I’ve seen pointed shoes on young feet lately. But, being no fashion buff, I wouldn’t tell if they are back in fashion or if these ones I’ve seen are from these “Shake-off-the-dust” markets, those markets that nostalgically cling to the beauty of the past and are determined not to be influenced by the inferior quality of modernity, even if it means going for hand-me-downs.
I wouldn’t be surprised if they were back, though. After all, it was said as early as 1849 by the French novelist and journalist, Jean-Baptiste Alphonse Karr: “Plus ça change, plus c’est la même chose.” (The more things change, the more they remain the same).
But God forbid and I’ll tell you why! In the 1950s and early 1960s, skin-tight was the word. If you were not wearing clothes that you seemed to have been poured into, you didn’t appear among Abasilimu, the select civilised elite of the time. And they were not many, Africa having been largely peasant-based. This meant that 90% of Africans, if not more, lived on the land and most times never ventured beyond their neighbouring village, which in turn meant they’d never seen modern clothing. Shirts, blouses, trousers, skirts and shoes belonged to a tiny group who’d gone to school. It’s this group that preferred to look as if they were bursting out of their clothes.
And burst they did, many a time. After all, to wear these trousers demanded a laborious negotiation. You had to lie down first before a number of strong arms could pull your trousers onto you, after which you did not sit down in a hurry. To sit down, you first had to test if you could bend. After bending successfully, you did a test of how you could half-sit, after succeeding which you now tried to carefully go all the way down, making sure your chair was not too low. Shirts and blouses were equally tight, such that the buttons looked like they were at a point of bursting free any time.
As for shoes, Rochereau provides the most vivid demonstration of how skin-tight was taken to heart. The name Rochereau may not ring a bell to many below the age of sixty but there may be a few in their fifties to whom the name Tabu Ley, adopted later, could be familiar. It belongs to a Congolese singer who gave us such songs as the ever-green “Indenpendence Cha Cha”, “Africa Mokili Mobimba”, “Sorozo” and many other beauties. We, the elderly horses, shall for ever be content to lend an appreciative ear and shake an old bone to his voice in these old tunes that we so cherish.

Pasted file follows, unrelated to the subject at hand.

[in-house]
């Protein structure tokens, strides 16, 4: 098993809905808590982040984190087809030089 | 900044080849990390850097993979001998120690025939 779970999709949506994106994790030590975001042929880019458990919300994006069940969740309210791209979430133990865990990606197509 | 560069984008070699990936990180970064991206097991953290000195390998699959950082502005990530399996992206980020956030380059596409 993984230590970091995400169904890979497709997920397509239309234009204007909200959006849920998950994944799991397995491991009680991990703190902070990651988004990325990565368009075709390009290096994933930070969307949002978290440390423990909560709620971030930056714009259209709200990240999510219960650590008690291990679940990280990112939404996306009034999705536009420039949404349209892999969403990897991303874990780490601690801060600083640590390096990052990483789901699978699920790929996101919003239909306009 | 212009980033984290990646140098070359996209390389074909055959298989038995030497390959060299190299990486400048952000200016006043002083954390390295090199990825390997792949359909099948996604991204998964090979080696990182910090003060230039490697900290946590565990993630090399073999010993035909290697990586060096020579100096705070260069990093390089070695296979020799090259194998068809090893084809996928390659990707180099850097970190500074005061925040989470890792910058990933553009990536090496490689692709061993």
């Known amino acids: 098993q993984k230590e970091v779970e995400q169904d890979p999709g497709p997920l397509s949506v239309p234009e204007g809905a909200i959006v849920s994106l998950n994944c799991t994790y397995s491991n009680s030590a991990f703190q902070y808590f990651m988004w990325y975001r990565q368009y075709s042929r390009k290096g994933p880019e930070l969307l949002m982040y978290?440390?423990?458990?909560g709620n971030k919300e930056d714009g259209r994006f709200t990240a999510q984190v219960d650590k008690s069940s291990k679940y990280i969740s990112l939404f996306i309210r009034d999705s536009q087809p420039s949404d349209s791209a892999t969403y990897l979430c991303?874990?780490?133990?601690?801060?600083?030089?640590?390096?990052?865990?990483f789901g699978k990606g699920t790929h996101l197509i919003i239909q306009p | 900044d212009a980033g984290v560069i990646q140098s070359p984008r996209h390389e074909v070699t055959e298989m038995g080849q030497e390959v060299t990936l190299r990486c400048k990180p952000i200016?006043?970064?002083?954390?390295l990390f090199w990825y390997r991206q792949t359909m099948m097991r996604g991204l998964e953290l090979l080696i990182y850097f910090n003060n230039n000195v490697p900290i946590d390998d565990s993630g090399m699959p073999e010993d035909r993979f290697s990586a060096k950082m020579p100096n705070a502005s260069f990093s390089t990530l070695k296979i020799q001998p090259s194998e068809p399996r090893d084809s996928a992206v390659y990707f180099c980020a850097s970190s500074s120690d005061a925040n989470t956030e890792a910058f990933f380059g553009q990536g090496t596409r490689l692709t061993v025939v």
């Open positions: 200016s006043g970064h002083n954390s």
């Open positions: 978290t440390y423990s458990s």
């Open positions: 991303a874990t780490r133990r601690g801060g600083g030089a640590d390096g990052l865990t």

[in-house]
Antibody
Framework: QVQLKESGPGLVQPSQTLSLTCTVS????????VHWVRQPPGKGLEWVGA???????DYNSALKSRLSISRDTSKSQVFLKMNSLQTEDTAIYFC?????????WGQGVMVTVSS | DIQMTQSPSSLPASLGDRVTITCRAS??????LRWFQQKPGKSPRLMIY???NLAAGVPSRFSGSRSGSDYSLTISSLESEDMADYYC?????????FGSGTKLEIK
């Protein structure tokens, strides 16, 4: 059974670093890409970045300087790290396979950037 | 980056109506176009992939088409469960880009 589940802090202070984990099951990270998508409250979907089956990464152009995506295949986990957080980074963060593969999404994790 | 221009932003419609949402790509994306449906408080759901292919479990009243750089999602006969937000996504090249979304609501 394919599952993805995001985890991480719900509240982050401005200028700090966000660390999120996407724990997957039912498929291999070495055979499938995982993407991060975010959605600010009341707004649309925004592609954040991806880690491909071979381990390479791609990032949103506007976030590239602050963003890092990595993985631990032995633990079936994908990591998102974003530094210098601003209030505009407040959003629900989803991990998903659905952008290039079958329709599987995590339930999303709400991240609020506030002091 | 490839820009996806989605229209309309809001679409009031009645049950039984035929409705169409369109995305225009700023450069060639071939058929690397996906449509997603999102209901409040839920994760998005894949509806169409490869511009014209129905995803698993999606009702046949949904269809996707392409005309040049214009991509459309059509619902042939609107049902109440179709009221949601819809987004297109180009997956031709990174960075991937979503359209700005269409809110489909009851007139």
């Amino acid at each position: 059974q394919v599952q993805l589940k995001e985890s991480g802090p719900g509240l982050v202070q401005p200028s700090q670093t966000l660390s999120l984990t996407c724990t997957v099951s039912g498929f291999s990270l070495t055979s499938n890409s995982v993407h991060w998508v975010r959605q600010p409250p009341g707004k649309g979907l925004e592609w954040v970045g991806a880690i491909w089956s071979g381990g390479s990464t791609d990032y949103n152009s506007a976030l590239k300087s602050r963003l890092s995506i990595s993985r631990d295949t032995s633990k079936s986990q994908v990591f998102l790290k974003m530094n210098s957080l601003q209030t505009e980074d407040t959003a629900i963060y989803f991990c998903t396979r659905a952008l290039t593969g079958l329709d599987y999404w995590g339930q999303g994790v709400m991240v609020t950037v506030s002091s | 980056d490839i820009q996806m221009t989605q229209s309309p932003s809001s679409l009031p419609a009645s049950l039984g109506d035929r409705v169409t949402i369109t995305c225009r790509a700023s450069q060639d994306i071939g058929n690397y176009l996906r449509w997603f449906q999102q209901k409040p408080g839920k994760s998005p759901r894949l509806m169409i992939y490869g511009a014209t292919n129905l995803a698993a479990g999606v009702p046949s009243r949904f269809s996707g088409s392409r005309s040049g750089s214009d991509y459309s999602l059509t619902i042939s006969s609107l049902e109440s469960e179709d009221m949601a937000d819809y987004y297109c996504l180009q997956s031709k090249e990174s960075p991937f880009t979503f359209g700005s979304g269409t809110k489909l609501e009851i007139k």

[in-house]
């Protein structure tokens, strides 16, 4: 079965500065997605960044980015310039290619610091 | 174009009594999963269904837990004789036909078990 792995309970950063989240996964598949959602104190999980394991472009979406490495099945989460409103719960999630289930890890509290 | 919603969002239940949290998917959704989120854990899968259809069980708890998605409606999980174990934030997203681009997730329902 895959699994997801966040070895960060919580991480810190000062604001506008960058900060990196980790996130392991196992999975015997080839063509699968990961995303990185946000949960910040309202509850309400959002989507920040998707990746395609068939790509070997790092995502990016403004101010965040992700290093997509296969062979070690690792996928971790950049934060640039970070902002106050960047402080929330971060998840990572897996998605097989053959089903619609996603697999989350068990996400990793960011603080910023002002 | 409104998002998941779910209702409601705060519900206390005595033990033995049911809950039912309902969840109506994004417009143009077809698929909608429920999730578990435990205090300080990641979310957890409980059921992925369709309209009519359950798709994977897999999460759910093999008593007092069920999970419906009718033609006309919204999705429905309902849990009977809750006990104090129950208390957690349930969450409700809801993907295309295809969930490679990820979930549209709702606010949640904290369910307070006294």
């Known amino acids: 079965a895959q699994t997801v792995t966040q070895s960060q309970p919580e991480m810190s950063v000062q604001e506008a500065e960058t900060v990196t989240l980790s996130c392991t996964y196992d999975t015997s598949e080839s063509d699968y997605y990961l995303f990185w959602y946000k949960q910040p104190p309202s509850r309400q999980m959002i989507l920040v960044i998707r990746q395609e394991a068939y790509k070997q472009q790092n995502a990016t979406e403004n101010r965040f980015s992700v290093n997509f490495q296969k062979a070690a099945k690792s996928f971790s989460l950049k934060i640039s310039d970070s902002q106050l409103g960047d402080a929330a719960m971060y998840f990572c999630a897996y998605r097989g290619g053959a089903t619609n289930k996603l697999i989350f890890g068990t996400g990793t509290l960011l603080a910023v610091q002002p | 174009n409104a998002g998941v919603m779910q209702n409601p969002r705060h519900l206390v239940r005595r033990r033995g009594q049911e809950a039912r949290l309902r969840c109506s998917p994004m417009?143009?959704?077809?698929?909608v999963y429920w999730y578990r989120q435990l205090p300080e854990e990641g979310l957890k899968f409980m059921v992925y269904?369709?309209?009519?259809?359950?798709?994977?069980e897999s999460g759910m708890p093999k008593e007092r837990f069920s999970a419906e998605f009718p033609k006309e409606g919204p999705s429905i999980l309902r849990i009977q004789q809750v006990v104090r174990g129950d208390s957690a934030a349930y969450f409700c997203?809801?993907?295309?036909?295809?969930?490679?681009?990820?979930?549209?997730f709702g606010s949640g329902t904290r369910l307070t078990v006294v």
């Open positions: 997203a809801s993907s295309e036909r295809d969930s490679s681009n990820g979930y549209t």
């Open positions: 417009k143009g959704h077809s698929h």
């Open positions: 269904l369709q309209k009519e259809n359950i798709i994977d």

So, Tabu Ley, being the music maestro of the ’50s, 60s and early ‘70s, had his clothes as his second skin. His shoes were so pointed as to prick those in front of him who did not hasten their pace. But, for having been born in 1940 when there were no shoes for the colonised, otherwise known as ‘ingigenes’, he had no way of having had feet that had gone through ‘controlled’ growth. In short, his toes enjoyed the uninhibited growth that allowed them to face in any direction. And we know how it was, we who identify with his time and conditions, as we lived in Congo around that time. Then it was known as Congo Kinshasa, having just shed its Belgian moniker of Belgian Congo at independence.
The life that we led, which must be the same that he led, was like this. In the morning we woke up early to trek to the water well. After getting the water for morning use, we went to the fields to till the land till lunch time. After lunch it was time to go to the forest to get firewood for cooking dinner and lunch the following day. Before it got dark, we rushed to the water well again to get water for evening use.
But Sunday was celebration day. In the morning we dressed in our Sunday best (though not exactly in the sense of ‘best’!) and went to church, where we exercised our cords in the church choir. After church we went to the market to sell whatever harvest we’d carried. After that we accompanied our parents to the village bar, where some strong maize brew for the elders and soft brew for children was sold. The celebration involved listening to the village crooner as he belted out popular tunes of the time, to the accompaniment of an improvised guitar and taps at an empty bottle. And, after warming up to our drink of ‘amarwa’, hitting the floor in a lively dance.
For doing all this on bare feet and for the feet having hosted uncountable lice that laid eggs that became jiggers, none of our toes faced in the same direction. While the big toes faced sideways to the right or left, the small, last toe usually faced up.
Which is how Tabu Ley comes in, for his toes met the same fate. In order to wear those tight, pointed shoes, he had to sacrifice his two small toes – he had them chopped off.
As they say, smartness knows no comfort.